Q: How has the landscape in Sunderland changed over the last 12 months due to COVID-19?
A: High streets and evening economies across the UK have been dealt a series of devastating blows throughout the pandemic and Sunderland has been no exception.
Despite this, the city landscape has continued to transform due to the ongoing redevelopment of Riverside Sunderland, a new 33-hectare urban quarter which, when complete, will create up to 10,000 jobs and 1,000 eco-friendly smart homes at the heart of the city centre.
Situated on the former Vaux Brewery site and spanning both sides of the River Wear, the site has been a hive of activity throughout the year, with cranes dominating the city’s skyline and helping bring to life the new City Hall and construction work continuing apace on the development of the stunning new Auditorium.
Meanwhile, the seafront has also continued to reap the benefits of the city’s ongoing transformation with the launch of STACK, a popular container village overlooking Seaburn beach and the construction of the Seaburn Inn, a new 40-bedroom inn and restaurant which is expected to open its doors early next year.
While 2020 has been an incredibly testing time for the city, it has also given us a chance to take a step back and take note of all of the positive developments happening around us. Sunderland is a city built on the resilience of its people and hundreds of millions of pounds being pumped into the city over the next decade, we are confident that this resilience will see us recover from the crisis as swiftly as possible as we look to the future.
Q: How are you now planning for 2021 and laying the foundations for a successful post-pandemic future – will you be looking to work with central Government for necessary support and funding to achieve your goals?
A: Though the Government has provided urgently needed funding to the council to redistribute to businesses and organisations that need it most, and to ensure our public services have been able to continue operating during the crisis, there remains a very high degree of uncertainty over next year’s budget which makes financial planning for 2021 and beyond extremely difficult.
The Government promised earlier this year that it would help local authorities meet the costs they incur while fighting the pandemic and prevent pressure building on the NHS, yet this has so far proven to be far from the case. In Sunderland alone we have a £12 million financial black hole in our finances as a result of the crisis, despite having secured four tranches of funding.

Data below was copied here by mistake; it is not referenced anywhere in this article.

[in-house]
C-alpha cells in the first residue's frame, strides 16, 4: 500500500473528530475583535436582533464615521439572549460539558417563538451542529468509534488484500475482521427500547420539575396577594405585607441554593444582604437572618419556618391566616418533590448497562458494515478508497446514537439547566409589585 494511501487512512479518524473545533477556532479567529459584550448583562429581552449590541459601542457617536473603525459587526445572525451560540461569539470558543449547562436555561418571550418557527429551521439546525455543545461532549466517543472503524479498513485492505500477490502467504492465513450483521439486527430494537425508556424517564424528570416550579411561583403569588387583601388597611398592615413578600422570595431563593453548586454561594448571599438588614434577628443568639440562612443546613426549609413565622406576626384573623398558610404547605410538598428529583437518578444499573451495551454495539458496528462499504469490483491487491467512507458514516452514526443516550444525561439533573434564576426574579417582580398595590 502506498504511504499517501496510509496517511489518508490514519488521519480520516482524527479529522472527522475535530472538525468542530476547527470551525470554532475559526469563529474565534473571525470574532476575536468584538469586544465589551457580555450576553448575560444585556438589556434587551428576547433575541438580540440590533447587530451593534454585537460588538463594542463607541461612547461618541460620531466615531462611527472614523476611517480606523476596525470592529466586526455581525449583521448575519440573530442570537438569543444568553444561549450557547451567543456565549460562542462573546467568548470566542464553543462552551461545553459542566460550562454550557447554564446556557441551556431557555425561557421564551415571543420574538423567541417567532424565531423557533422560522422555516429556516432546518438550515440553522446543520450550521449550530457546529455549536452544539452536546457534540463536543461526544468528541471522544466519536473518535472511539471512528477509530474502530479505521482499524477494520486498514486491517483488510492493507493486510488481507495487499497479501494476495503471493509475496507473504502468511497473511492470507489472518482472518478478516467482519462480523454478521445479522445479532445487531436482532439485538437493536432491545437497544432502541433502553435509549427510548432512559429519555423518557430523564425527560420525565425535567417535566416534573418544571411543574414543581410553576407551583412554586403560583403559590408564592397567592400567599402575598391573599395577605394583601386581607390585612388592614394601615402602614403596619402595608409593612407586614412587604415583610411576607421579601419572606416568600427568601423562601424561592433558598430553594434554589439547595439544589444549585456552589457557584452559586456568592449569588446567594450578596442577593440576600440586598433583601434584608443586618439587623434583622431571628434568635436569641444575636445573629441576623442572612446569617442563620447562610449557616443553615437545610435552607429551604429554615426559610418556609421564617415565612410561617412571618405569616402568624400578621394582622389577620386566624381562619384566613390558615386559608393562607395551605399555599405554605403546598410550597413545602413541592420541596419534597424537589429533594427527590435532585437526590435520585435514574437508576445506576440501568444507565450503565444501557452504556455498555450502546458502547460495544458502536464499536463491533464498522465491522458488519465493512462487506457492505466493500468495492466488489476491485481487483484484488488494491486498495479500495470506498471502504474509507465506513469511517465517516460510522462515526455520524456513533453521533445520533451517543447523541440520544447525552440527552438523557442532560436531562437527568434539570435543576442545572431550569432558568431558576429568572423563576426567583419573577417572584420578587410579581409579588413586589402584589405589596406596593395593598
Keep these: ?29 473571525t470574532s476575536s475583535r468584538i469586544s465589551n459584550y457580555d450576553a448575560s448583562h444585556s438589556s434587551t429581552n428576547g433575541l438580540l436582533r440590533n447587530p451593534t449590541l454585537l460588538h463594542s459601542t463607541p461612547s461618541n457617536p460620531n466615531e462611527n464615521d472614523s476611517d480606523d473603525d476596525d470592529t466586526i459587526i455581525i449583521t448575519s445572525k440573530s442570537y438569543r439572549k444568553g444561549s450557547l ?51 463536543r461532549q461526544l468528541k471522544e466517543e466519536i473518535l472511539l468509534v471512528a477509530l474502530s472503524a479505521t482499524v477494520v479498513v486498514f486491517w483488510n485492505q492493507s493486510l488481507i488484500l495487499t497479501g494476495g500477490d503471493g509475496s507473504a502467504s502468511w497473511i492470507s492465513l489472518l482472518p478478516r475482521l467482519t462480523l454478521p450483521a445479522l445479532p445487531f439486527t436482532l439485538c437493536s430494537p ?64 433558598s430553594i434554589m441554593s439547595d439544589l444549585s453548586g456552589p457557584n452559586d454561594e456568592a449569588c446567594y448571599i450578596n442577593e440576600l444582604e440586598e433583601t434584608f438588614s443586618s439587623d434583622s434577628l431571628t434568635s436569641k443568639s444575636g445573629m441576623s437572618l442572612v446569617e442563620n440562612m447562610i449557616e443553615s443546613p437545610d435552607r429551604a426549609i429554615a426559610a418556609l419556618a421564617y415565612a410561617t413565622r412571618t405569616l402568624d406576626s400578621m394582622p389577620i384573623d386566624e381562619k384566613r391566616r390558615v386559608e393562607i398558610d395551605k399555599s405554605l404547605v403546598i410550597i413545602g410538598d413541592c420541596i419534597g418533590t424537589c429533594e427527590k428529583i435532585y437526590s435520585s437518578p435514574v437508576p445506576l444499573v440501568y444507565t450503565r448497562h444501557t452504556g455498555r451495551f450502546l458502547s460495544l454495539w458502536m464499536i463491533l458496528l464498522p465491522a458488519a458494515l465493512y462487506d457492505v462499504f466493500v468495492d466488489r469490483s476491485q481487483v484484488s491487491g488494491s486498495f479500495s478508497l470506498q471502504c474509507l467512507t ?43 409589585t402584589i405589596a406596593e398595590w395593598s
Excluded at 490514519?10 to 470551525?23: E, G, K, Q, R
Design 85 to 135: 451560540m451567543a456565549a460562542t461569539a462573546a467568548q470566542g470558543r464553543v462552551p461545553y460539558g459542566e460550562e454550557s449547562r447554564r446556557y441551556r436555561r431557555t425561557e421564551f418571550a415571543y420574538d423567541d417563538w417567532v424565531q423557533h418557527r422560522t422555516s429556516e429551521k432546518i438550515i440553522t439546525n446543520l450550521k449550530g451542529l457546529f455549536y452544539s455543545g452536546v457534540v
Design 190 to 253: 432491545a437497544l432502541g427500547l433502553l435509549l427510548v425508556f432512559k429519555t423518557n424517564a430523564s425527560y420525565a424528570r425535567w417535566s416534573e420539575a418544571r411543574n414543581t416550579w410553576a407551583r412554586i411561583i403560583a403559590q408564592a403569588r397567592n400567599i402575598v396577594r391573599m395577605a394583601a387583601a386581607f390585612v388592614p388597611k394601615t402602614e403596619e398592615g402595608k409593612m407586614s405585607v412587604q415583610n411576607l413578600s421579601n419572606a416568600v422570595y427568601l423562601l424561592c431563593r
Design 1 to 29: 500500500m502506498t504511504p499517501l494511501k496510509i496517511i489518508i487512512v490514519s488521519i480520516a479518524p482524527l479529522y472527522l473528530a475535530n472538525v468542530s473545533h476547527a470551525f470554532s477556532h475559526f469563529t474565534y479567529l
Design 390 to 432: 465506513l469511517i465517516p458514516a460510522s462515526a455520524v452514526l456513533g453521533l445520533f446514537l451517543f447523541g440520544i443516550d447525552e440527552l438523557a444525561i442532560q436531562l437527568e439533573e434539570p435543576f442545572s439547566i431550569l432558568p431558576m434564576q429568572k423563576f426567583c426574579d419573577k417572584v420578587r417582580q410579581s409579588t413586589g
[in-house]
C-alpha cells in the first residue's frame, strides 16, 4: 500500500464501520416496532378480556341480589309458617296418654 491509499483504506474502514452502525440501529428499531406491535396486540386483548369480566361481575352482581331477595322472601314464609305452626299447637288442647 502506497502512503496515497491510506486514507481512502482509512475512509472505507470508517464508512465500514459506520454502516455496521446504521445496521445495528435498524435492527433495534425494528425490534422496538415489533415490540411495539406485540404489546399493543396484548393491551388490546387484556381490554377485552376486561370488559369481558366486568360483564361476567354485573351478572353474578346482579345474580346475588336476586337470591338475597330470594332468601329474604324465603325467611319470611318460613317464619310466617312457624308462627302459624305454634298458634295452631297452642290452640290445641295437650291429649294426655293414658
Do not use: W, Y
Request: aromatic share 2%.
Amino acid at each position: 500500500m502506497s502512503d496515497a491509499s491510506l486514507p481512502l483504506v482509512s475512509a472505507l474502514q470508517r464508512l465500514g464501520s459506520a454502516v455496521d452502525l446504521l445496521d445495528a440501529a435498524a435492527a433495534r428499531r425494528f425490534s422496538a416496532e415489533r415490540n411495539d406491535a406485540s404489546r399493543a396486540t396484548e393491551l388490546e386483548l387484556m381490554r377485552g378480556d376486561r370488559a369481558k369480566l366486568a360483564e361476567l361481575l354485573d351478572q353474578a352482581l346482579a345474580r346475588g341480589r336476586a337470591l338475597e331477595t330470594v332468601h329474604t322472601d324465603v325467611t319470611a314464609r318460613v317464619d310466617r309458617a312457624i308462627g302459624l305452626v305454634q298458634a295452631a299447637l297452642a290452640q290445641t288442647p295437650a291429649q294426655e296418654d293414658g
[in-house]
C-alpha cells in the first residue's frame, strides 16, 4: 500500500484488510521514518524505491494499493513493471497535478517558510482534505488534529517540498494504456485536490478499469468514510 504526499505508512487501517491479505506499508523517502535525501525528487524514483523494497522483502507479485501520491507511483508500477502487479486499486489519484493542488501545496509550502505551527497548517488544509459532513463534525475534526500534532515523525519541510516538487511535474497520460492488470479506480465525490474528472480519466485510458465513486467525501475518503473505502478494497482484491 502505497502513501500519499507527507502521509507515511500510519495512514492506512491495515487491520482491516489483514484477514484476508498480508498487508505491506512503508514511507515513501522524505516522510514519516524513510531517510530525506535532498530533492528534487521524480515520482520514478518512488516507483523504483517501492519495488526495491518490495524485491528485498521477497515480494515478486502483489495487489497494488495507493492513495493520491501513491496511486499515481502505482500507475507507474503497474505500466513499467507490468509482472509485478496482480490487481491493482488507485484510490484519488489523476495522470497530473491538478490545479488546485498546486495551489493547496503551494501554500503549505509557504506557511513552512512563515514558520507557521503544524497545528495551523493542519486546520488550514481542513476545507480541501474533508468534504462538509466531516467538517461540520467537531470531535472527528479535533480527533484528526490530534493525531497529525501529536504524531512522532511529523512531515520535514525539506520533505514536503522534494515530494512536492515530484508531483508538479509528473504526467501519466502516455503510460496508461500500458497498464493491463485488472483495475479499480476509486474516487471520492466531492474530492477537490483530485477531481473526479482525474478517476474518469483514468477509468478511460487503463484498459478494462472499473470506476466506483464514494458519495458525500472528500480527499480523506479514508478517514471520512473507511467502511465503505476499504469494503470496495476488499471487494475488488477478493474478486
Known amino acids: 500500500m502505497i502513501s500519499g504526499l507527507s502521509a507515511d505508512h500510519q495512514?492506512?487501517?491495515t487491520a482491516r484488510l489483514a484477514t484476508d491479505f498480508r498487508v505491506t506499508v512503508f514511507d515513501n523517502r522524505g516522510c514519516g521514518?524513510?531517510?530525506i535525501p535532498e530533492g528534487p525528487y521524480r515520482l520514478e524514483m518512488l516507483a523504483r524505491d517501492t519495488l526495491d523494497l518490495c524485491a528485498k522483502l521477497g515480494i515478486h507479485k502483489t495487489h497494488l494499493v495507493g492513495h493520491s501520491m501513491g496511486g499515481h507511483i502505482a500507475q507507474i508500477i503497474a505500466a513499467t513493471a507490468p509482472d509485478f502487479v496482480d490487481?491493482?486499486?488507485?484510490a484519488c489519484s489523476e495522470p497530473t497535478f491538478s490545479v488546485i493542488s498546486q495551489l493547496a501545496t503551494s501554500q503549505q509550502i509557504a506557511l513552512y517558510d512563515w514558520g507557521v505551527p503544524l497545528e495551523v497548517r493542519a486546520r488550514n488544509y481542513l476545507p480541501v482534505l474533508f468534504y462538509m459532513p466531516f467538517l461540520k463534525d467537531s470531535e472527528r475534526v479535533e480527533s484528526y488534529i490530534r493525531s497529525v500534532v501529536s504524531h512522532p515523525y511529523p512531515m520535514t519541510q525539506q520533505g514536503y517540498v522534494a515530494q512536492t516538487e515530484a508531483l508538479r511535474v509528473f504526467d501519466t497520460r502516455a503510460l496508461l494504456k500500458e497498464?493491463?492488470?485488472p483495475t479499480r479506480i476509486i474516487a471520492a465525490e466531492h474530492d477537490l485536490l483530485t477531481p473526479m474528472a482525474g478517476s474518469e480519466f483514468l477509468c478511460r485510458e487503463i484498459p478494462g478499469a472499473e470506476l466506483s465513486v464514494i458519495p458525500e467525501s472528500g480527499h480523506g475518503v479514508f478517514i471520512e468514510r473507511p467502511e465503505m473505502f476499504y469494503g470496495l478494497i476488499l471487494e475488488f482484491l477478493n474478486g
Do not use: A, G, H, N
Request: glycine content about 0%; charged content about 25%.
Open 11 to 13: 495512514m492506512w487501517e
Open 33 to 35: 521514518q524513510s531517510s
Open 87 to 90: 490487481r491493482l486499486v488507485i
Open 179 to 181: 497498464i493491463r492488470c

Looking ahead to 2021, we will continue to seek support from the Government and apply for funding if and when the opportunities arise.
A recent report by the Centre for Economics and Business Research (Cebr) revealed that Sunderland – and our fellow North East cities – are predicted to return to growth in the second quarter of 2021, which is testament to the fantastic work the council and its partners have put in to transform the city over the past few years and position Sunderland as a city fixated on the future.
However, the report also makes it clear that our rate of recovery still pales in comparison to our southern counterparts proving that, yet again, if this government is truly serious about ‘levelling up’ then we need actions, not words.
Q: 2020 saw the publication of the Riverside Sunderland Masterplan to create 1000 new homes and 1 million sq ft of offices and workspace on the banks of the River Wear. How do you expect the development to progress as we enter 2021 and what kind of opportunities will there be for local companies to win contract work on the site?
A: Riverside Sunderland is one of, if not the most ambitious city centre regeneration projects in the UK at this current moment in time.
The project will be transformative for the city and breathe a new lease of life into an area with vast potential. It’s a masterplan that will reinvigorate the city in a wider sense too – creating a place we can be proud to call the heart of Sunderland and creating jobs – not only through the businesses relocating to the site – but also the entire supply chain.
Throughout the construction of The Beam – the site’s flagship office space which has already attracted Ocado, Penshaw View and Asset55 – we have worked with local developers to bring the project to life, providing opportunities across the supply chain for regional companies such as Tolent and Desco.
The development of City Hall on land immediately adjacent to The Beam has also strengthened this commitment. Designed by Faulkner Browns Architects and constructed by local firm Bowmer + Kirkland, the building officially topped out in August and will be home to near-2000 workers when it opens its doors next year.
Add to that the two Grade A office buildings that are set to be constructed by global investment giant Legal & General, the development of a new housing scheme, a multi-storey car park, two pedestrian footbridges and a new city centre hotel, and we are confident 2021 will herald a new dawn for the city as we continue to deliver on our promise to develop new housing, jobs and leisure facilities to the people of Sunderland.
But Riverside Sunderland is just the beginning. Sunderland is springing back to life. We’re seeing more and more investment flooding into the city. The private sector is alive to the opportunities and that is bringing about transformation at a pace not seen for decades.
Over the next decade, Sunderland will become a ‘magnet city’. Aspirational families will move here. Corporates will see this as a place they want to do business – and their people will spend money in the city centre stimulating new jobs and business growth.
Visitors will come to enjoy our unique offer – riverside, seaside and city centre. We will attract people – we will reinvent the heart of Sunderland and send a message that this is the place to be.